ABSTRACT: This study examines the relation between primary forest loss and landscape characteristics in the Ucayali region, Peru. Seven variables (rivers, elevation, annual precipitation, soil suitability for agriculture, population density, paved roads, and unpaved roads), were identified as potential deforestation drivers. The variables were converted into spatially explicit layers of continuous data and divided into a 9 km2 grid. A multiple regression analysis was conducted to determine variable significance. Distance to paved and unpaved roads were strongly associated with deforestation, followed by distance to rivers, annual precipitation and elevation. All significant variables were negatively correlated with deforestation. Variables excluded from the model were population density and soil suitability for agriculture, suggesting that the influence of population density on forest clearing across the study area was not significant, and that deforestation activities were undertaken regardless whether soils are suitable for agriculture or not. Based on the linear regression analysis, the significant variables were selected and added to the Land Change Modeler in order to project primary forest coverage by 2025. The modeling results predict extensive deforestation along the Aguaytia River and at the forest/non-forest interface along the paved highway. The rate of primary forest removal is expected to increase from 4783 ha y−1 (for the 2007–2014 period) to 5086 ha y−1 (for the 2015–2025 period). A preliminary survey questionnaire conducted to explore deforestation intentions by farmers in the region, partly confirmed the overall deforestation trends as projected by the model.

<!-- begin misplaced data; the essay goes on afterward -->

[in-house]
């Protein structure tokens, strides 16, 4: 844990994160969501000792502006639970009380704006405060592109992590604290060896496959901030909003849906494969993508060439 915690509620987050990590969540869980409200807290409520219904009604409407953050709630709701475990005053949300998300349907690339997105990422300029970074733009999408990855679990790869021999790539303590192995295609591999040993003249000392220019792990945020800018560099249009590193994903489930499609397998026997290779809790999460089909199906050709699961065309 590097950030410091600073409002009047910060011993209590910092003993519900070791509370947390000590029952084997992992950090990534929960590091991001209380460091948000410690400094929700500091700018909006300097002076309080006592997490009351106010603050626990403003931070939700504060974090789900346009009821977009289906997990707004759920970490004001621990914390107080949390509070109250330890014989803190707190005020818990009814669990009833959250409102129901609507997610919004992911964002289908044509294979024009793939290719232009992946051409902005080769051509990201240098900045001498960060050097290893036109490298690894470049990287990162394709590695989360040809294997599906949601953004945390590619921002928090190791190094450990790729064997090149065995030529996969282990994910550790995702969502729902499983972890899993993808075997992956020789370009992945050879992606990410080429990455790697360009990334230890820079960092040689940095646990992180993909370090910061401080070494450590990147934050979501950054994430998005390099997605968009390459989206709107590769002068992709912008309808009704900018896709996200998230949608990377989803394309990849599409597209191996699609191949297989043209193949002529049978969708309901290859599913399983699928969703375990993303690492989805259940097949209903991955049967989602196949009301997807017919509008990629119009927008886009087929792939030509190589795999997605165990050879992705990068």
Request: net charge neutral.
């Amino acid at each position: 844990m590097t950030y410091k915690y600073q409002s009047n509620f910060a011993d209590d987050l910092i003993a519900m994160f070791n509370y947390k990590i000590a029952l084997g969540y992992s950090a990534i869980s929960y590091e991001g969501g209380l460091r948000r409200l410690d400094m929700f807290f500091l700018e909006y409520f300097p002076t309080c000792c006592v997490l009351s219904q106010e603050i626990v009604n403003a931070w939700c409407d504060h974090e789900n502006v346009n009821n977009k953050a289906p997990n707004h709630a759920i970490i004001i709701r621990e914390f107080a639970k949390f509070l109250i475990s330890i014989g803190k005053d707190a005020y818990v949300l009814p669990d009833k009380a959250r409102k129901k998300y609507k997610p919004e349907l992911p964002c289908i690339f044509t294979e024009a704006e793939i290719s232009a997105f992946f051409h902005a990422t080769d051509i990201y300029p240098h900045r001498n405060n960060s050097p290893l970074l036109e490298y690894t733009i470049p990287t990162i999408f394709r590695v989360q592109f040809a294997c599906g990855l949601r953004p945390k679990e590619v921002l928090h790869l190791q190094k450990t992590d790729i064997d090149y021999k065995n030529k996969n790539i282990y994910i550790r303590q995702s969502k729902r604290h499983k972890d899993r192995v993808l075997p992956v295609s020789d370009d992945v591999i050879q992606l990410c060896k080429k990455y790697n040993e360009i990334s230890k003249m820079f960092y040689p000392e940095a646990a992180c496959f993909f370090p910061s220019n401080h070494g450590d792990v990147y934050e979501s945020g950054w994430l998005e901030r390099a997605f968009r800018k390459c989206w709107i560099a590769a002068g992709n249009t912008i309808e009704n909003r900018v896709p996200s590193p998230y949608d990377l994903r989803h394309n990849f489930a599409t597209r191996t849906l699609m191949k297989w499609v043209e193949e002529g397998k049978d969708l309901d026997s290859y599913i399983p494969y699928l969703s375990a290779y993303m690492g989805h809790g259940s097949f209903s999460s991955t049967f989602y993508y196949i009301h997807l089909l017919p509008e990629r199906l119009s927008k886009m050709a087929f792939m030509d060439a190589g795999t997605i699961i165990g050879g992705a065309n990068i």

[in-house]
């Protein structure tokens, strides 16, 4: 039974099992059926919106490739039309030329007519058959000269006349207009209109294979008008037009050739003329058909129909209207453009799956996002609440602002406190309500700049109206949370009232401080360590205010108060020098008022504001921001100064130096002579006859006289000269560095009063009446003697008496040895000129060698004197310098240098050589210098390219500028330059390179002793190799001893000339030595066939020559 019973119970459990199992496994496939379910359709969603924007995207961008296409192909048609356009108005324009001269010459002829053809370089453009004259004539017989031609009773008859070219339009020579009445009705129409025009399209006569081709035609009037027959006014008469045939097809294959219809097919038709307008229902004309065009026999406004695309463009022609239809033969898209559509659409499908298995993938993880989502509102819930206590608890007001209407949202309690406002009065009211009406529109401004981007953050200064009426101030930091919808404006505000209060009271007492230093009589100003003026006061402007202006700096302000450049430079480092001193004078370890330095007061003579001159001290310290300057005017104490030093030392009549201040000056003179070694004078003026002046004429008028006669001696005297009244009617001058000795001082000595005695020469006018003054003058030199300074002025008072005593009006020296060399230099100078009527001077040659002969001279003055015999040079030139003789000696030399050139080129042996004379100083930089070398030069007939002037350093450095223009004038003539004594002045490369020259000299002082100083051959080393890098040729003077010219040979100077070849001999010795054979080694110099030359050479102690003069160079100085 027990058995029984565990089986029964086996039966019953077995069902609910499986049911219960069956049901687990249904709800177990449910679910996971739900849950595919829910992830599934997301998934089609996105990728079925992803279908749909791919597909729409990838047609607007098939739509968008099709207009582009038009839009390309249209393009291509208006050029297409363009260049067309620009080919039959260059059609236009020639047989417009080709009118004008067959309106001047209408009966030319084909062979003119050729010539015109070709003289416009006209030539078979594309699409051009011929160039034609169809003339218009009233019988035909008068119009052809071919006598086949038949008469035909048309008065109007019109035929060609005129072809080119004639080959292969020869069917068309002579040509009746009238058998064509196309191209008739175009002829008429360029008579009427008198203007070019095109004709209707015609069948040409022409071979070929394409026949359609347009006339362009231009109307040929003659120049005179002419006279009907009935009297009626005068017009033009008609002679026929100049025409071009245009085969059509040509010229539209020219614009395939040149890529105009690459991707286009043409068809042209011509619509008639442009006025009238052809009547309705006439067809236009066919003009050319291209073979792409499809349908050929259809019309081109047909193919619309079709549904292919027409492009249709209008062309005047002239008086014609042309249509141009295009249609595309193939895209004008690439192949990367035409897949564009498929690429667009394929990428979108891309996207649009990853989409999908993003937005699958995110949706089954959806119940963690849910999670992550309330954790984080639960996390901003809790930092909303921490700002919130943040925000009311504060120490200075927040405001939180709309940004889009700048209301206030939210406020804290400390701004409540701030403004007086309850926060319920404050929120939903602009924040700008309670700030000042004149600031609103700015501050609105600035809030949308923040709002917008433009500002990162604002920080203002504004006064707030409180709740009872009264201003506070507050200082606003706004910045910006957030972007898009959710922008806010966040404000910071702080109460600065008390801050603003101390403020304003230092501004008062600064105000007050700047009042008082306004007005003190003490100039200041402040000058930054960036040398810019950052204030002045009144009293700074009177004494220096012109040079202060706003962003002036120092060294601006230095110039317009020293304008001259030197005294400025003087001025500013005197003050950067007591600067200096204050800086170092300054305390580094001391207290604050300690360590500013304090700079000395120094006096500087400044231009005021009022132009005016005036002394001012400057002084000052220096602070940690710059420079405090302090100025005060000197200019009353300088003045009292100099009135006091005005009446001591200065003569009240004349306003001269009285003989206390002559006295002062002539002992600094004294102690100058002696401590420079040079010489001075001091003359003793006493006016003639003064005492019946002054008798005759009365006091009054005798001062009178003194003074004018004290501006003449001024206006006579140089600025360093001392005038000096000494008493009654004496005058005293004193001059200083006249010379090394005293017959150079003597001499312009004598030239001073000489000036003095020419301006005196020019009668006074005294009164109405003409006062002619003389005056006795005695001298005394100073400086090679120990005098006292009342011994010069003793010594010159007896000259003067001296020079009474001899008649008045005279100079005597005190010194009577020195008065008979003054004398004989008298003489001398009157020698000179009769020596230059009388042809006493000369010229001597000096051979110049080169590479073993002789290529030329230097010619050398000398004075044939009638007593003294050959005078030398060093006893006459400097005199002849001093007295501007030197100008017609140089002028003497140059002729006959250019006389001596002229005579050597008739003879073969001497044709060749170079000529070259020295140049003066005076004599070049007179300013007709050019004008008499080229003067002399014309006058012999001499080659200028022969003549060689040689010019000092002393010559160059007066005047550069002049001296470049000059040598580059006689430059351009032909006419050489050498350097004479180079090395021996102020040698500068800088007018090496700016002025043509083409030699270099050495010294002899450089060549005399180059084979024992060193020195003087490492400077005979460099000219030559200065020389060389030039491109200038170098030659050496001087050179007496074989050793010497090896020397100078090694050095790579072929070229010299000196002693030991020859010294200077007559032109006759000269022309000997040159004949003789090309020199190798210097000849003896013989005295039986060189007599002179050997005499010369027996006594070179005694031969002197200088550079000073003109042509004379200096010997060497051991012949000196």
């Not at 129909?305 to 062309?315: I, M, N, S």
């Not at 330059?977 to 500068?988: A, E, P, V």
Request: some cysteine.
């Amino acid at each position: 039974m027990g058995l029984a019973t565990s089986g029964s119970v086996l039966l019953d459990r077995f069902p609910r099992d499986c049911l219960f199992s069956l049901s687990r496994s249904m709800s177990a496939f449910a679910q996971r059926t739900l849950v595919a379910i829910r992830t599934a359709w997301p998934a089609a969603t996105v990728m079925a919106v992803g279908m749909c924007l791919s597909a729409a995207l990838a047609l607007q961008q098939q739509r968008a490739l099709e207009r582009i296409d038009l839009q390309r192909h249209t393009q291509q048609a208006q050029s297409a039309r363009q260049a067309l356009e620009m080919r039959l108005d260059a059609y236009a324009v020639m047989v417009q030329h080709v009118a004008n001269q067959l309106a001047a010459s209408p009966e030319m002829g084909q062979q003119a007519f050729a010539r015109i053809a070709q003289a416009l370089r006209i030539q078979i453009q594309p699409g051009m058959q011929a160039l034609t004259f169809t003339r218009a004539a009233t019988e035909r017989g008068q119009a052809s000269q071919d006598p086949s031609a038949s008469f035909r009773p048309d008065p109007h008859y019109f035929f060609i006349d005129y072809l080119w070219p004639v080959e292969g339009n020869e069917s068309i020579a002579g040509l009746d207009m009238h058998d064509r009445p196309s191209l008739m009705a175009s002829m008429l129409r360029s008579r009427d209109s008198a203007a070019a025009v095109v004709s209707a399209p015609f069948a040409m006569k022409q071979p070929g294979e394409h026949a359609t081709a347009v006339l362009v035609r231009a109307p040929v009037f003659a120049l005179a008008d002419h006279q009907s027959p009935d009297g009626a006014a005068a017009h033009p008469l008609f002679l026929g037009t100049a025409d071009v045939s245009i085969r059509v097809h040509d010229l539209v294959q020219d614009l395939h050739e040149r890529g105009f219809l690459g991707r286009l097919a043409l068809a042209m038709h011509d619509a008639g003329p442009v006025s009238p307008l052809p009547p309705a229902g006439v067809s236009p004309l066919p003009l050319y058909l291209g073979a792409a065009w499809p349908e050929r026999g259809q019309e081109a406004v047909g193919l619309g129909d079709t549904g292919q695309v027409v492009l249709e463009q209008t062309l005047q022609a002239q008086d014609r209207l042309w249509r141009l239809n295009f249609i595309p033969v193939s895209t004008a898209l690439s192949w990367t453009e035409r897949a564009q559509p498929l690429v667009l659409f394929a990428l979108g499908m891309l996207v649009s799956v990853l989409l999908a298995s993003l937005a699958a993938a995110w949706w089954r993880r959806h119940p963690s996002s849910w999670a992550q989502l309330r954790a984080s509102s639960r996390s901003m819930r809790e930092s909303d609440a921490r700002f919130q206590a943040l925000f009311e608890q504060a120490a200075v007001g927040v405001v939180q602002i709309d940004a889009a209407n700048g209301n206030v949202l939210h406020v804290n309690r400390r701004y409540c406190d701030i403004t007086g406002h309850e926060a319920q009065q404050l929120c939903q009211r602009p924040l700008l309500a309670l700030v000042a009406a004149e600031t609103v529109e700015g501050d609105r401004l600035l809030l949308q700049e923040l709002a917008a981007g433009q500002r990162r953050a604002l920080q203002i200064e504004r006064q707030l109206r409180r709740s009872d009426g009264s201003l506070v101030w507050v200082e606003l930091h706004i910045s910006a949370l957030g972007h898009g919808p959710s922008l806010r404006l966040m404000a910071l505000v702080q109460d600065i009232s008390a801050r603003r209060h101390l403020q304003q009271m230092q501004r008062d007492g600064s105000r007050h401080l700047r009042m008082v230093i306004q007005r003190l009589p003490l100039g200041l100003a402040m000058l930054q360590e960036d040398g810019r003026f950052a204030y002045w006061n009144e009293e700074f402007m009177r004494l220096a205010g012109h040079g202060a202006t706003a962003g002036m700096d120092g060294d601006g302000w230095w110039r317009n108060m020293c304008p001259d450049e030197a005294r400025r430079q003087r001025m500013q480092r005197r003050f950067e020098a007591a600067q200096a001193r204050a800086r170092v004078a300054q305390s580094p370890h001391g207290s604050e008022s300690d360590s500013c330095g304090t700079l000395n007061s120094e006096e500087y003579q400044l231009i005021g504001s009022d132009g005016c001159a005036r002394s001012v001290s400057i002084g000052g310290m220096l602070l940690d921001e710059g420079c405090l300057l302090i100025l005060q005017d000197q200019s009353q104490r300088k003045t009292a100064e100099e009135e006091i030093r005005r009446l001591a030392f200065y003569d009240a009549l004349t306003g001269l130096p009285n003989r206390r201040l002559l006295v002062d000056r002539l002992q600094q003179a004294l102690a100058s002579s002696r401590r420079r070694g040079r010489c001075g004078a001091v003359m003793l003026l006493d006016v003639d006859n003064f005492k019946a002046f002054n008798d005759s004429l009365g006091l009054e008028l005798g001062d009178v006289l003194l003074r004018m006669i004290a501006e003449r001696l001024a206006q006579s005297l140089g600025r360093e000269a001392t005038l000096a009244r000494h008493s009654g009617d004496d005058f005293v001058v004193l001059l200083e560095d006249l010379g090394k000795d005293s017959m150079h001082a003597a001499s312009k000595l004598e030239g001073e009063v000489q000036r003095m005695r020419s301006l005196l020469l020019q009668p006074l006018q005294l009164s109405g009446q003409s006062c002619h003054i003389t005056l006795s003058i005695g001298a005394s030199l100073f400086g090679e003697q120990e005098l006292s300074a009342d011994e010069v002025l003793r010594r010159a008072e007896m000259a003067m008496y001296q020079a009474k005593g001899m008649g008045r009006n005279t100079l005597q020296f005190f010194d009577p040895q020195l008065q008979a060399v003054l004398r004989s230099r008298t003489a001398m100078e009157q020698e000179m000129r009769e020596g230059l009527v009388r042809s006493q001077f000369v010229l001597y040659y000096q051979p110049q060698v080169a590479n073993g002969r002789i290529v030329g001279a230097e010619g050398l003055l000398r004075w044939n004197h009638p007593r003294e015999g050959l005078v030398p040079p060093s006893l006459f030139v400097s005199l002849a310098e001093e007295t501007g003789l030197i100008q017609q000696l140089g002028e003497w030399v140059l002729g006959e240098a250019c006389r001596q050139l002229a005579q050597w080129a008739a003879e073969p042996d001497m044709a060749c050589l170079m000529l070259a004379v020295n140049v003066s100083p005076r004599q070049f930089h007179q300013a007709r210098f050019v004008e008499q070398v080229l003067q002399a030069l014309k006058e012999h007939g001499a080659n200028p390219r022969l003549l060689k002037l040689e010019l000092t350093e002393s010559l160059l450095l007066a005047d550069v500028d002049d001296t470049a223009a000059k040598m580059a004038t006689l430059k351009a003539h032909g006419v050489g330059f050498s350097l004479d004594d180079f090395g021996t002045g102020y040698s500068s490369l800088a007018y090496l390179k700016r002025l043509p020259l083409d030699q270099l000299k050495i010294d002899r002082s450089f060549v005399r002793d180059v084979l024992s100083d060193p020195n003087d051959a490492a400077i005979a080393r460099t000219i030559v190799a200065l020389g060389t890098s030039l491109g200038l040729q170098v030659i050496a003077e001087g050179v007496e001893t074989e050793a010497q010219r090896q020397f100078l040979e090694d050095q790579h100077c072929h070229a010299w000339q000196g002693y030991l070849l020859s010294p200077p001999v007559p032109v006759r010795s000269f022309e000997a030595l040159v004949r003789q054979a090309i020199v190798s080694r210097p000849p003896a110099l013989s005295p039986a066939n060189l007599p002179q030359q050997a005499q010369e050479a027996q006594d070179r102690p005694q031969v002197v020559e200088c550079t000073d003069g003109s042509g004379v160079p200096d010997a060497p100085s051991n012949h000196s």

Full-text · Article · Dec 2015 · Journal for Nature Conservation
  • Source
    • "Edición extraordinaria -53- comunidades científicas de investigaciones de cambios globales han recalcado la necesidad de intensificar el enfoque de estudio hacia la evaluación de la dinámica de cambios (Lambin & Geist, 2006; Turner et al., 2004; Fox et al., 2003; Oliveira et al., 2007). La estimación de áreas deforestadas y los estudios de tasas de deforestación son pasos importantes para cuantificar el valor del bosque y los servicios ecosistémicos de los bosques tropicales. "